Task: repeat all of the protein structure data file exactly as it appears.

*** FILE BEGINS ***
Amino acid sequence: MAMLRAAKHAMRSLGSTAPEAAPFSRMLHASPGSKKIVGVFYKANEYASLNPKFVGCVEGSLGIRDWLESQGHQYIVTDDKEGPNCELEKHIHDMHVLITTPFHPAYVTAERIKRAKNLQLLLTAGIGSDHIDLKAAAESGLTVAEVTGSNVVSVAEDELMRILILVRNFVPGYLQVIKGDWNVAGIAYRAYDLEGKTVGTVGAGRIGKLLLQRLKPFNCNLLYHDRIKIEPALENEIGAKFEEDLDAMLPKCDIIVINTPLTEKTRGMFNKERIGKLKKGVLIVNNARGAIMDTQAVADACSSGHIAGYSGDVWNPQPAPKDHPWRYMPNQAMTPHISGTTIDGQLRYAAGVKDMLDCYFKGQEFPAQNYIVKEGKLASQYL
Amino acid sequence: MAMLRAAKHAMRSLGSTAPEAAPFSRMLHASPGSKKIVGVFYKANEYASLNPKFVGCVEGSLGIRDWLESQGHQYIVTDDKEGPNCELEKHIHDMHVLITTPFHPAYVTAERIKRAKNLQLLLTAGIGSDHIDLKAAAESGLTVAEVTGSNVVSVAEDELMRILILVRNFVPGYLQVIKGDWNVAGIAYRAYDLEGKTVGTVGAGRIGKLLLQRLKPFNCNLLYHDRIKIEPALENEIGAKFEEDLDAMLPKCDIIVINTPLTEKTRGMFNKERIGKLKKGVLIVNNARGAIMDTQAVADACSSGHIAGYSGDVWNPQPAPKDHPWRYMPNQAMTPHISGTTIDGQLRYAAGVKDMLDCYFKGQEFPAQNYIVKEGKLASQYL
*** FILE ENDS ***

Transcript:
Amino acid sequence: MAMLRAAKHAMRSLGSTAPEAAPFSRMLHASPGSKKIVGVFYKANEYASLNPKFVGCVEGSLGIRDWLESQGHQYIVTDDKEGPNCELEKHIHDMHVLITTPFHPAYVTAERIKRAKNLQLLLTAGIGSDHIDLKAAAESGLTVAEVTGSNVVSVAEDELMRILILVRNFVPGYLQVIKGDWNVAGIAYRAYDLEGKTVGTVGAGRIGKLLLQRLKPFNCNLLYHDRIKIEPALENEIGAKFEEDLDAMLPKCDIIVINTPLTEKTRGMFNKERIGKLKKGVLIVNNARGAIMDTQAVADACSSGHIAGYSGDVWNPQPAPKDHPWRYMPNQAMTPHISGTTIDGQLRYAAGVKDMLDCYFKGQEFPAQNYIVKEGKLASQYL
Amino acid sequence: MAMLRAAKHAMRSLGSTAPEAAPFSRMLHASPGSKKIVGVFYKANEYASLNPKFVGCVEGSLGIRDWLESQGHQYIVTDDKEGPNCELEKHIHDMHVLITTPFHPAYVTAERIKRAKNLQLLLTAGIGSDHIDLKAAAESGLTVAEVTGSNVVSVAEDELMRILILVRNFVPGYLQVIKGDWNVAGIAYRAYDLEGKTVGTVGAGRIGKLLLQRLKPFNCNLLYHDRIKIEPALENEIGAKFEEDLDAMLPKCDIIVINTPLTEKTRGMFNKERIGKLKKGVLIVNNARGAIMDTQAVADACSSGHIAGYSGDVWNPQPAPKDHPWRYMPNQAMTPHISGTTIDGQLRYAAGVKDMLDCYFKGQEFPAQNYIVKEGKLASQYL